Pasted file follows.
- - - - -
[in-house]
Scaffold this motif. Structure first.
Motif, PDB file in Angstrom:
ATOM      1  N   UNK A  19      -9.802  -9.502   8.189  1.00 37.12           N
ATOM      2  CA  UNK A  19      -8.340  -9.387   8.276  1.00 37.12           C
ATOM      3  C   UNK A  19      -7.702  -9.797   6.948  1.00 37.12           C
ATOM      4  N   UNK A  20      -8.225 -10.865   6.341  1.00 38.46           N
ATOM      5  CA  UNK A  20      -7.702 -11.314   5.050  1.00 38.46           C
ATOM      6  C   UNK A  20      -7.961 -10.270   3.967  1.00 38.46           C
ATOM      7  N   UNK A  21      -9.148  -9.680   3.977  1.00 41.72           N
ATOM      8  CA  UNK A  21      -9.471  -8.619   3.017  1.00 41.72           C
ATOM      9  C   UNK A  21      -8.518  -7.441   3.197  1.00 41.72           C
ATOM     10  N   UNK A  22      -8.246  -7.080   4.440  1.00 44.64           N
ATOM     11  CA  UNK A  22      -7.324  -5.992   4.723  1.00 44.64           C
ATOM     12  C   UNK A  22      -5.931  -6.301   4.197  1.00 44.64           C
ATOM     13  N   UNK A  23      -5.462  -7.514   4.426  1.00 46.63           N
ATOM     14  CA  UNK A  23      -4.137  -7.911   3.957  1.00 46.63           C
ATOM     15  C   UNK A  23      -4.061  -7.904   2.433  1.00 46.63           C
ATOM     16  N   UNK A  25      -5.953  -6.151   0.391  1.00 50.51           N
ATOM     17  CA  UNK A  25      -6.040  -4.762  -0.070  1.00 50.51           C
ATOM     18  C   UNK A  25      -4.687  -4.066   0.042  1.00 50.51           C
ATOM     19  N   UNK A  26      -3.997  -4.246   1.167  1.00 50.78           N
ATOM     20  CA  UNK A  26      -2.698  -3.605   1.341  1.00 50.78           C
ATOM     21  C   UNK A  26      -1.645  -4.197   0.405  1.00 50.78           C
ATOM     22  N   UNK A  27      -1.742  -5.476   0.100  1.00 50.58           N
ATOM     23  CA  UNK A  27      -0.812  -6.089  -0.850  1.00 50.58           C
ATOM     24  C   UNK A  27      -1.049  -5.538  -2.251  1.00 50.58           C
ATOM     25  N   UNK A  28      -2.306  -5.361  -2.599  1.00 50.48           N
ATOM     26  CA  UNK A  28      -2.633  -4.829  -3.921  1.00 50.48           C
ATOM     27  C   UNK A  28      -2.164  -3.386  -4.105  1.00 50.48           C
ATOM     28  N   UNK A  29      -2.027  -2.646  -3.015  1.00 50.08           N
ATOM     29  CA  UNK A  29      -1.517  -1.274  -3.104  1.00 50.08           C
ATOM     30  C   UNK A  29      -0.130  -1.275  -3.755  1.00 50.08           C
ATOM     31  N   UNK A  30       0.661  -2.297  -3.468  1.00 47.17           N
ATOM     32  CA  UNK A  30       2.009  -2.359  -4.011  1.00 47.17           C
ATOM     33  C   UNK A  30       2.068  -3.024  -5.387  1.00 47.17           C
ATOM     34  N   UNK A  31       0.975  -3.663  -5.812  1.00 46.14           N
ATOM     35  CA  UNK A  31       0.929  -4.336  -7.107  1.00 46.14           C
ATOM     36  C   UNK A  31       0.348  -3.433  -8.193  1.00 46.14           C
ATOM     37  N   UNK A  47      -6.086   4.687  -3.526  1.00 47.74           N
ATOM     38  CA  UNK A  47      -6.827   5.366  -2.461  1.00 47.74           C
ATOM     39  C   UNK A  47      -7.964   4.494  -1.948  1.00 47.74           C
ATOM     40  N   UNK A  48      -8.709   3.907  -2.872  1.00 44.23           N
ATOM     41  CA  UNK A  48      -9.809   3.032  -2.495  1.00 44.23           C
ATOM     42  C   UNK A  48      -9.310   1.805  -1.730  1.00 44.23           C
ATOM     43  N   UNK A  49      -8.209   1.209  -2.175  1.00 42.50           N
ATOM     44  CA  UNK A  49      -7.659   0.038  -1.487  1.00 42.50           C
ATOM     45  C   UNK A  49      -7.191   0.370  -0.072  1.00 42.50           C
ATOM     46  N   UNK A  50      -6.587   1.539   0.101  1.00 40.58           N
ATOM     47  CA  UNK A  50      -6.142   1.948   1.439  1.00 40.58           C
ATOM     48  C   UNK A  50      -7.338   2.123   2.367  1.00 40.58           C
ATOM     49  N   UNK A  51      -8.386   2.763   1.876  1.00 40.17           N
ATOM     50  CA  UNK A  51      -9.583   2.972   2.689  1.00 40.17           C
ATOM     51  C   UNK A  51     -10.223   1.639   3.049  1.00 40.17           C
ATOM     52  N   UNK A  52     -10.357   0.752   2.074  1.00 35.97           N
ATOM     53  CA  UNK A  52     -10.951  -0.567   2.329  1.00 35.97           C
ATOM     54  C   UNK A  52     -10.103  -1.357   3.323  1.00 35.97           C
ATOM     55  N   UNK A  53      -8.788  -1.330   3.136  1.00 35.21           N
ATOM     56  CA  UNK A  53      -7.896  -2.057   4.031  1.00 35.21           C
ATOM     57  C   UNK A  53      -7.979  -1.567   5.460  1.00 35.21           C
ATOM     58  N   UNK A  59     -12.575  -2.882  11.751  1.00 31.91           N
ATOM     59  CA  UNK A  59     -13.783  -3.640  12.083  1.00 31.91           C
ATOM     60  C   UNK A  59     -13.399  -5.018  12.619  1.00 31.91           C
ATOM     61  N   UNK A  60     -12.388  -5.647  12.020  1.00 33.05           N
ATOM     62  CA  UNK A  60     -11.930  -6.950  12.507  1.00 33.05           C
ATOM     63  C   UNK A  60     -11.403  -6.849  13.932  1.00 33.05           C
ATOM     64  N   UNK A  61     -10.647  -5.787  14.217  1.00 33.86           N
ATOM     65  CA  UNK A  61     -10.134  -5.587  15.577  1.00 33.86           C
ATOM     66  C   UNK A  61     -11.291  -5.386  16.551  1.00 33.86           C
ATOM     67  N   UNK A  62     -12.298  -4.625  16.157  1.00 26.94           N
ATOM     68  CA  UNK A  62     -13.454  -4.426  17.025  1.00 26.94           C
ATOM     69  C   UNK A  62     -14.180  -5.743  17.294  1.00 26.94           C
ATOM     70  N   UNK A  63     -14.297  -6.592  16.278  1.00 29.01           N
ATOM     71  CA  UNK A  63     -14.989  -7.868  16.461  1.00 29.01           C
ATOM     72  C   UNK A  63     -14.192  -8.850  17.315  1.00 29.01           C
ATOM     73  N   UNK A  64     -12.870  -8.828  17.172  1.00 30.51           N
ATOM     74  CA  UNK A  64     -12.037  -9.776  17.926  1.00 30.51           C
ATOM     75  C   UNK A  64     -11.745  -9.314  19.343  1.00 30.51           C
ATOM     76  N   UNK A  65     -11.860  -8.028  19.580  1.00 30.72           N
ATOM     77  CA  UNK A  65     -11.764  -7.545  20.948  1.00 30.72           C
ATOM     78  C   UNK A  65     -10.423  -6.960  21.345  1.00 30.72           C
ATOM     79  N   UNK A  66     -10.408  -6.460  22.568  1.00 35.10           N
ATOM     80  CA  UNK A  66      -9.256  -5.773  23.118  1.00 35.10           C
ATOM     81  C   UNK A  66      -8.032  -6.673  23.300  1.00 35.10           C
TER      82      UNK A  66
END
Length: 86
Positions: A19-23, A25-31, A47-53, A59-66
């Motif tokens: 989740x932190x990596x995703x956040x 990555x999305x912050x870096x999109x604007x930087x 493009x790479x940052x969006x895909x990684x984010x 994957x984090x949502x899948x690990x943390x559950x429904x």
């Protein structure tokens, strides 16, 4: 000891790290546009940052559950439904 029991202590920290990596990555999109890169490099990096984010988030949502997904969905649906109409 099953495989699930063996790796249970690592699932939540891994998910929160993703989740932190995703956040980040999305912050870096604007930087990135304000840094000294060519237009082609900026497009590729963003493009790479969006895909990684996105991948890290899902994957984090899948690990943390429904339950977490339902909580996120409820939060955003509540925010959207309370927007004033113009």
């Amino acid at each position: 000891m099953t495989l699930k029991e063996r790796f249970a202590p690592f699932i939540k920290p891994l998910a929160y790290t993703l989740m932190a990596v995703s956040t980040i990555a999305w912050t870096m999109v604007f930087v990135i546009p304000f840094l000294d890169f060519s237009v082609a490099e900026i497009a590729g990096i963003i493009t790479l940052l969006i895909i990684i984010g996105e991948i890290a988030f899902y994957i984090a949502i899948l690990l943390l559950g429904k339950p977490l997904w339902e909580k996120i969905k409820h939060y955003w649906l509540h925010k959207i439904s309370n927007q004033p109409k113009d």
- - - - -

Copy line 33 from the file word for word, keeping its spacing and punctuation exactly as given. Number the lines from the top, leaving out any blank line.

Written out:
ATOM     30  C   UNK A  29      -0.130  -1.275  -3.755  1.00 50.08           C